The book features several other pioneering programs that deviate from the dehumanizing standards of many jails and prisons in the United States. For example, former North Dakota Department of Corrections and Rehabilitation Director Leann Bertsch transformed the recruitment and hiring of prison staff, again inspired by a visit to Norwegian prisons. Bertsch told Keller, “We started hiring people who wanted to be agents of change, not people who wanted to exert authority.” Keller also interviews those who have founded or currently lead transformative secondary and post-secondary education programs such as the Bard Prison Initiative and Mount Tamalpais College, an independent liberal arts college specifically for incarcerated students. But those programs are rare, light years ahead of the provision of high school and college courses to the nearly 2 million people in US jails and prisons.

Large-scale change will not be easy, as Keller acknowledges. The United States has a federal prison system, 50 states and 18,000 local prison systems. According to the Prison Policy Initiative, America holds nearly 2 million people in 1,566 state prisons, 102 federal prisons, 2,850 local jails, 1,510 juvenile correctional facilities, 186 immigration detention centers and 82 prisons. Indian countries, as well as in military prisons, civil service centers, state psychiatric hospitals and prisons in American territories.

Keller also depicts the tension between reformers and prison staff who often scoff at comfortable accommodations for inmates, criticize the need for so many educational programs, and frequently serve as a bulwark against reform. Still, the book is nuanced and highlights the harsh working conditions of corrections staff who suffer from high suicide rates, low pay, and the double or triple shifts many are forced to work due to staffing shortages. Keller stresses that we don’t need to accept this reality, pointing out how the Oregon prison system has worked to change the correctional culture there and prioritize the health and well-being of its prison staff.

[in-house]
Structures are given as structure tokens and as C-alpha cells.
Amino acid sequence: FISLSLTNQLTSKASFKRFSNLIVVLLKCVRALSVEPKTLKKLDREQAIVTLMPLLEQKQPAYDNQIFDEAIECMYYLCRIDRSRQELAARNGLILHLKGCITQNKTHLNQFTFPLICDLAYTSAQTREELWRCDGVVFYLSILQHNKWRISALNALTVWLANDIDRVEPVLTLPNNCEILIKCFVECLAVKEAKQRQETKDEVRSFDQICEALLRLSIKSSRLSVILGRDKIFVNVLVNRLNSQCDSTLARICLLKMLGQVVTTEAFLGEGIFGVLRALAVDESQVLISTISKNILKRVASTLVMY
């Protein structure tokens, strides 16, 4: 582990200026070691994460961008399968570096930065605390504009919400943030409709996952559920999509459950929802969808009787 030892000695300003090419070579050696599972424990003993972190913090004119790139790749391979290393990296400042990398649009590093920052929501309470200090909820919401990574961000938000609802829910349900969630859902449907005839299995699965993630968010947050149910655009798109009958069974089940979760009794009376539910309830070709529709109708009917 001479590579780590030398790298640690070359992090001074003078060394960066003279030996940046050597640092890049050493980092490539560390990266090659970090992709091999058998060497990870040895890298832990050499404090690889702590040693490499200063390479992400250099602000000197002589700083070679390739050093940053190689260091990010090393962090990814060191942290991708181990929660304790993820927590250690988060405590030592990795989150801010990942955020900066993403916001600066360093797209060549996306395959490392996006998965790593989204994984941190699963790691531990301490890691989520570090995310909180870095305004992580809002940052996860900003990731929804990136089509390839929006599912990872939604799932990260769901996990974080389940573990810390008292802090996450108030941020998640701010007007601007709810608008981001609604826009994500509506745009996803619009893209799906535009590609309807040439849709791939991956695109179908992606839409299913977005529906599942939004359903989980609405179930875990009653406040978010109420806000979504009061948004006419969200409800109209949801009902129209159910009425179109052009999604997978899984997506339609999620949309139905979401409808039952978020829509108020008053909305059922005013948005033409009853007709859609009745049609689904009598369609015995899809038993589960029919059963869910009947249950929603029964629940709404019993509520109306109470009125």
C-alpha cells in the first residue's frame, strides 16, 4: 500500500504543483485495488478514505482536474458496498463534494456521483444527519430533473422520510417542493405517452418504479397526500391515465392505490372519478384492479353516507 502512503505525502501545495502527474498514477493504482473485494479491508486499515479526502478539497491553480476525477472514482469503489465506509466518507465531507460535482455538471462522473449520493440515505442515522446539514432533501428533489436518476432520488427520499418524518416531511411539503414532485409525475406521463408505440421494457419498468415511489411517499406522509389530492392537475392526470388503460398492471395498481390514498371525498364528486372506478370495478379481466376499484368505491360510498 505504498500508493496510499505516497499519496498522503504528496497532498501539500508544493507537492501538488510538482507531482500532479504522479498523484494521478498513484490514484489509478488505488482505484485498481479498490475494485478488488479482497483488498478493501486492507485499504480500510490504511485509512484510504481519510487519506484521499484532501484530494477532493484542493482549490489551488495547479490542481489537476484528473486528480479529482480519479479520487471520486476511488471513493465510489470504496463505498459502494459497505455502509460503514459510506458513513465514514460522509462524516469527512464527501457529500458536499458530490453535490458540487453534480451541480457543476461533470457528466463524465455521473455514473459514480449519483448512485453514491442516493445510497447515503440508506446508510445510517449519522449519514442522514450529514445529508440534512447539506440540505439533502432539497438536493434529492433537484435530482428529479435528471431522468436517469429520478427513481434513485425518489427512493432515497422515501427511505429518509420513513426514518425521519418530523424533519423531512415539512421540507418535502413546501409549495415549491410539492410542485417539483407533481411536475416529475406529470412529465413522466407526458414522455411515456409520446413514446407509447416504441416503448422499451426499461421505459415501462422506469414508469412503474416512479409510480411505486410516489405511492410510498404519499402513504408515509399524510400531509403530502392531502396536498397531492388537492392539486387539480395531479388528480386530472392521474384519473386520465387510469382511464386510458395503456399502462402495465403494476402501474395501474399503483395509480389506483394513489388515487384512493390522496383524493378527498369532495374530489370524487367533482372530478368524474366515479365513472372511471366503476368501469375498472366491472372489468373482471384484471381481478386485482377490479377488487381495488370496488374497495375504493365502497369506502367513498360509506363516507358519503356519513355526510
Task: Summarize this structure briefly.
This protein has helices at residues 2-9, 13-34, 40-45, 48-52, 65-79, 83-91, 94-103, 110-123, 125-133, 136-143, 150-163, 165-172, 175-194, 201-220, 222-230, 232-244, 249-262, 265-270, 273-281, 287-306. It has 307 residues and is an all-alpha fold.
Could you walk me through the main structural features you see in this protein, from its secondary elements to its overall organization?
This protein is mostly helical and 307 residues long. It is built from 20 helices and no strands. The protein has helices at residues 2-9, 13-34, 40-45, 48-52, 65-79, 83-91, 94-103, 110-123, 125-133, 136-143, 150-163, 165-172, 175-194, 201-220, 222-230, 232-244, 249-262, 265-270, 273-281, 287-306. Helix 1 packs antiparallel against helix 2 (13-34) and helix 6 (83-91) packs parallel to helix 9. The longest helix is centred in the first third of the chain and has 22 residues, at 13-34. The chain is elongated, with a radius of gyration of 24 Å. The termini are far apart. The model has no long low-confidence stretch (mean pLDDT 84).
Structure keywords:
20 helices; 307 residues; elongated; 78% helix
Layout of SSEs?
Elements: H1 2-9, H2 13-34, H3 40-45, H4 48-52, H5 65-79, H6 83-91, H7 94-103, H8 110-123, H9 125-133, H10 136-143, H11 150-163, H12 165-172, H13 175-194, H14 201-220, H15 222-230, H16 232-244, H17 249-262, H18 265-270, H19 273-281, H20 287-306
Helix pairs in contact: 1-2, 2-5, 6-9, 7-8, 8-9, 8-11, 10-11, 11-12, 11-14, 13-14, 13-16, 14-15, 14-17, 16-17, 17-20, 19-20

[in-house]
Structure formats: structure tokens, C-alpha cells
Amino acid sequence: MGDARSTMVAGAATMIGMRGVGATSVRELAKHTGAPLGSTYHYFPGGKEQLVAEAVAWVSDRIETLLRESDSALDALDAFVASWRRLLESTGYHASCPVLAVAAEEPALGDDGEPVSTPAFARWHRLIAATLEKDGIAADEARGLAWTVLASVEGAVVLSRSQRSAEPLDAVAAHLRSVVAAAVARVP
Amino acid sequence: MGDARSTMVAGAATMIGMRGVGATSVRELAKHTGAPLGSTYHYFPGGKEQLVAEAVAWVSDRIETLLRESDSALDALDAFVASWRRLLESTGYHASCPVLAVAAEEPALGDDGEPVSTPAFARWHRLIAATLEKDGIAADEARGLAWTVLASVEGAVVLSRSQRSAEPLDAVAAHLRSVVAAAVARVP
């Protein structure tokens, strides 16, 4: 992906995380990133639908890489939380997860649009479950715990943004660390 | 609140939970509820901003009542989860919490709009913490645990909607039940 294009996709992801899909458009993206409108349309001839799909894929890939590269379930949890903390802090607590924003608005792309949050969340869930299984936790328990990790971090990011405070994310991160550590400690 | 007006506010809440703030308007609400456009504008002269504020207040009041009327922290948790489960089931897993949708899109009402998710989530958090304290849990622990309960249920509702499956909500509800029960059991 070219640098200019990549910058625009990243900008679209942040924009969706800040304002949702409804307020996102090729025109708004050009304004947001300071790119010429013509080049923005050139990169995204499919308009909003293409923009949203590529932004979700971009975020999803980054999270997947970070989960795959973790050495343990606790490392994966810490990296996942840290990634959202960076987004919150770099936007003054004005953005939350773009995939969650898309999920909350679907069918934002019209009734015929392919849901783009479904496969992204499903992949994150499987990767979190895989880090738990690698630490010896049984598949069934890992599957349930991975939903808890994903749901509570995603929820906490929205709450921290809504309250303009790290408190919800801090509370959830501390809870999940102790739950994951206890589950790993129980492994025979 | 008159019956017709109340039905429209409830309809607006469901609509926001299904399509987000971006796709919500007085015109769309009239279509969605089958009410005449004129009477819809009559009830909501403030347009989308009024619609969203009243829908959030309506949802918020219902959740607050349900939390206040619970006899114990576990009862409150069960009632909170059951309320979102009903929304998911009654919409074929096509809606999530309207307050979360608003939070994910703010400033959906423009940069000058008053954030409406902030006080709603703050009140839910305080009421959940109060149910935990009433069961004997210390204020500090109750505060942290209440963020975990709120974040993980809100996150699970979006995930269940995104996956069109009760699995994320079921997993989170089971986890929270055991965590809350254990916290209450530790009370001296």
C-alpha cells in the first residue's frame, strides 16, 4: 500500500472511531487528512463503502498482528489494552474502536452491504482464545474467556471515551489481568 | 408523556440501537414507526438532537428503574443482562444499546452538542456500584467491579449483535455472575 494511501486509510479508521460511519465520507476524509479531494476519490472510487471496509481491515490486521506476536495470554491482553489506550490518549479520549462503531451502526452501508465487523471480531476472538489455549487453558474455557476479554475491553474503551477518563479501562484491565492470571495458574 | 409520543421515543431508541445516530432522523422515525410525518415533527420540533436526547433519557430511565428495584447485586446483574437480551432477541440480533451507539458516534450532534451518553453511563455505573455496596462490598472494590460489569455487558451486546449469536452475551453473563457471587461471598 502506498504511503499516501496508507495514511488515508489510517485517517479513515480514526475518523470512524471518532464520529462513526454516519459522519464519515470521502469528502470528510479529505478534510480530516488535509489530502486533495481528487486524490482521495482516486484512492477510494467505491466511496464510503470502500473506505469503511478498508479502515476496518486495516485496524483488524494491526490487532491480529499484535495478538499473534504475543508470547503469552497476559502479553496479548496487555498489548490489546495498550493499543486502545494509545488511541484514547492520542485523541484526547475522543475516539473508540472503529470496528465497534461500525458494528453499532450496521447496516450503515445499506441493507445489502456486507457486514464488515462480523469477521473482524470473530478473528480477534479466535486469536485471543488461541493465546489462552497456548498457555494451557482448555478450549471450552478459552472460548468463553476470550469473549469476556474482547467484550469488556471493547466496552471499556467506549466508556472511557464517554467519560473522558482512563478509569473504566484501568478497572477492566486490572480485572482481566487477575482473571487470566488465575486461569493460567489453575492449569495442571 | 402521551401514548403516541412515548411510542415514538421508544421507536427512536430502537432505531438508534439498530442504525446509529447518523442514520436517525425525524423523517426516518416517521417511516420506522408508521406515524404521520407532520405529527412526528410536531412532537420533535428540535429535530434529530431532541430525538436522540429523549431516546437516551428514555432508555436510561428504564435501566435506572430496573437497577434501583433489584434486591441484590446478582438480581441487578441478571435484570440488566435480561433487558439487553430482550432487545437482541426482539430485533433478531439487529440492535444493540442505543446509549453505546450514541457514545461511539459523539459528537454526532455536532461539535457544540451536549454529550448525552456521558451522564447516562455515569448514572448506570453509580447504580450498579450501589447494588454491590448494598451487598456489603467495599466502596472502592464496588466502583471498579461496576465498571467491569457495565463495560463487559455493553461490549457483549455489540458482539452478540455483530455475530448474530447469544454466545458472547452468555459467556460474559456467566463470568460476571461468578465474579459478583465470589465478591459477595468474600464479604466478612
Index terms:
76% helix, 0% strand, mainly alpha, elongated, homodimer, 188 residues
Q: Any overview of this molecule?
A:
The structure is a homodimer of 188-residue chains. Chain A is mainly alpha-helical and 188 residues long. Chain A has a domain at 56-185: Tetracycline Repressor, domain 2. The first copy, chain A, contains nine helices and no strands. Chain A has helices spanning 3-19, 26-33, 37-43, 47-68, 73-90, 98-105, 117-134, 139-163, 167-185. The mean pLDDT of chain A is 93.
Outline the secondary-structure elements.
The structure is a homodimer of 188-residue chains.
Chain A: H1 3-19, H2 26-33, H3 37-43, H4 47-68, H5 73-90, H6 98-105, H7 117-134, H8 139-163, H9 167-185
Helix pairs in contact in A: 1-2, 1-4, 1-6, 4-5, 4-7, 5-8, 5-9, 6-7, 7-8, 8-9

What is jail for? is a short book, perhaps more of an investigation into recent reforms that attempt to add some dignity to his time behind bars. Given the length of the book, it necessarily leaves out important work that others are doing to transform jails and prisons, such as the growing role of surveillance in improving prison conditions. Organizations like the UCLA Law Covid Behind Bars Data Project and the Prison and Jail Innovation Lab are filling government gaps in data collection and connecting research to on-the-ground reforms to promote and improve independent correctional oversight and better working conditions. detention. These and other critical monitoring projects are worth highlighting.

Nevertheless, it is rare to end the last page of a book on the criminal justice system with hope, and one comes away with the feeling that even one person can have a positive impact on the lives of those behind bars. While the question of what prisons are for cannot be answered by any text, Keller’s contribution to the conversation is significant.